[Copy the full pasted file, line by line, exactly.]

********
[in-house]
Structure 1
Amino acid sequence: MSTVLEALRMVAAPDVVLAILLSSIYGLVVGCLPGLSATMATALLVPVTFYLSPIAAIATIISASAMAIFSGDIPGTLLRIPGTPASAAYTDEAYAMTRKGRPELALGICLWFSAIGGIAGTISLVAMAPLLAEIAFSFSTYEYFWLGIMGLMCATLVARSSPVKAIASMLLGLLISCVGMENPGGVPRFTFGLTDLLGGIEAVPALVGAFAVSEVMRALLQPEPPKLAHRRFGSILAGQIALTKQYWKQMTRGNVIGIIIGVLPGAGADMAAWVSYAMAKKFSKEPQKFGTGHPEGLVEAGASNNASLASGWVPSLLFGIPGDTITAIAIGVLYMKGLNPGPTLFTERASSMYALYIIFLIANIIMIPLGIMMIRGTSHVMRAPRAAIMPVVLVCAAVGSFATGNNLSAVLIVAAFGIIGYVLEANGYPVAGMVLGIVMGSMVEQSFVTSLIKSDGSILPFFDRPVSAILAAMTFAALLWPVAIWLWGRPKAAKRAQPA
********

[in-house]
Structure 1
Amino acid sequence: MSTVLEALRMVAAPDVVLAILLSSIYGLVVGCLPGLSATMATALLVPVTFYLSPIAAIATIISASAMAIFSGDIPGTLLRIPGTPASAAYTDEAYAMTRKGRPELALGICLWFSAIGGIAGTISLVAMAPLLAEIAFSFSTYEYFWLGIMGLMCATLVARSSPVKAIASMLLGLLISCVGMENPGGVPRFTFGLTDLLGGIEAVPALVGAFAVSEVMRALLQPEPPKLAHRRFGSILAGQIALTKQYWKQMTRGNVIGIIIGVLPGAGADMAAWVSYAMAKKFSKEPQKFGTGHPEGLVEAGASNNASLASGWVPSLLFGIPGDTITAIAIGVLYMKGLNPGPTLFTERASSMYALYIIFLIANIIMIPLGIMMIRGTSHVMRAPRAAIMPVVLVCAAVGSFATGNNLSAVLIVAAFGIIGYVLEANGYPVAGMVLGIVMGSMVEQSFVTSLIKSDGSILPFFDRPVSAILAAMTFAALLWPVAIWLWGRPKAAKRAQPA